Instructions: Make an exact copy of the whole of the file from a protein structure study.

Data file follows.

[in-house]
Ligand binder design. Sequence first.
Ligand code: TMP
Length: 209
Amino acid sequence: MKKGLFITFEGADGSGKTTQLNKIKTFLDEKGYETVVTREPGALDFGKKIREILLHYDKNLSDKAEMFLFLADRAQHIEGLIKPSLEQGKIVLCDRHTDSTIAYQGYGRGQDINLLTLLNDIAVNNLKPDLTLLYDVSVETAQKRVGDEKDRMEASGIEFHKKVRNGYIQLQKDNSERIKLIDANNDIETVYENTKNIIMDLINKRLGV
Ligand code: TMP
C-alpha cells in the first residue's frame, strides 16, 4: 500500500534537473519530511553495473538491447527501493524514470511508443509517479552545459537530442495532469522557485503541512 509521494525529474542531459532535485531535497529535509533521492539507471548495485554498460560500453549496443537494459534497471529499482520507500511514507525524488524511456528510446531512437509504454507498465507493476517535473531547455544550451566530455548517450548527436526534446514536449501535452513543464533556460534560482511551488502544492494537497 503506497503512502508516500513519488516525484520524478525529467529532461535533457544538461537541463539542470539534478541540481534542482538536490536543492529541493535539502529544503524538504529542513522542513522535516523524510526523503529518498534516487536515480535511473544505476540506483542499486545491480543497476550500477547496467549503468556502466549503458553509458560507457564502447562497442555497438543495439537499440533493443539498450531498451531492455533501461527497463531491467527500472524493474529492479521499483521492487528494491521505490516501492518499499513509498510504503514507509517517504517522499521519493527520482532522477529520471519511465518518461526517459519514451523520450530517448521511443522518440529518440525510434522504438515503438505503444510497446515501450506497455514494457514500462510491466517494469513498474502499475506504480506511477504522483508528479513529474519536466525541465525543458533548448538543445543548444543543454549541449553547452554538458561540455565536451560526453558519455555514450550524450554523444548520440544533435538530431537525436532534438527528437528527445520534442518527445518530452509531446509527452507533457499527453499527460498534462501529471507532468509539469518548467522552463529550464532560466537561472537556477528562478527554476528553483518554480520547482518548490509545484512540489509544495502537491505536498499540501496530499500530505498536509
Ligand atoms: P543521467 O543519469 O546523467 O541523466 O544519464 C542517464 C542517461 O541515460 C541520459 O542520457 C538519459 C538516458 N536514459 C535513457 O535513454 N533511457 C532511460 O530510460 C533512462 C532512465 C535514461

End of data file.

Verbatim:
[in-house]
Ligand binder design. Sequence first.
Ligand code: TMP
Length: 209
Amino acid sequence: MKKGLFITFEGADGSGKTTQLNKIKTFLDEKGYETVVTREPGALDFGKKIREILLHYDKNLSDKAEMFLFLADRAQHIEGLIKPSLEQGKIVLCDRHTDSTIAYQGYGRGQDINLLTLLNDIAVNNLKPDLTLLYDVSVETAQKRVGDEKDRMEASGIEFHKKVRNGYIQLQKDNSERIKLIDANNDIETVYENTKNIIMDLINKRLGV
Ligand code: TMP
C-alpha cells in the first residue's frame, strides 16, 4: 500500500534537473519530511553495473538491447527501493524514470511508443509517479552545459537530442495532469522557485503541512 509521494525529474542531459532535485531535497529535509533521492539507471548495485554498460560500453549496443537494459534497471529499482520507500511514507525524488524511456528510446531512437509504454507498465507493476517535473531547455544550451566530455548517450548527436526534446514536449501535452513543464533556460534560482511551488502544492494537497 503506497503512502508516500513519488516525484520524478525529467529532461535533457544538461537541463539542470539534478541540481534542482538536490536543492529541493535539502529544503524538504529542513522542513522535516523524510526523503529518498534516487536515480535511473544505476540506483542499486545491480543497476550500477547496467549503468556502466549503458553509458560507457564502447562497442555497438543495439537499440533493443539498450531498451531492455533501461527497463531491467527500472524493474529492479521499483521492487528494491521505490516501492518499499513509498510504503514507509517517504517522499521519493527520482532522477529520471519511465518518461526517459519514451523520450530517448521511443522518440529518440525510434522504438515503438505503444510497446515501450506497455514494457514500462510491466517494469513498474502499475506504480506511477504522483508528479513529474519536466525541465525543458533548448538543445543548444543543454549541449553547452554538458561540455565536451560526453558519455555514450550524450554523444548520440544533435538530431537525436532534438527528437528527445520534442518527445518530452509531446509527452507533457499527453499527460498534462501529471507532468509539469518548467522552463529550464532560466537561472537556477528562478527554476528553483518554480520547482518548490509545484512540489509544495502537491505536498499540501496530499500530505498536509
Ligand atoms: P543521467 O543519469 O546523467 O541523466 O544519464 C542517464 C542517461 O541515460 C541520459 O542520457 C538519459 C538516458 N536514459 C535513457 O535513454 N533511457 C532511460 O530510460 C533512462 C532512465 C535514461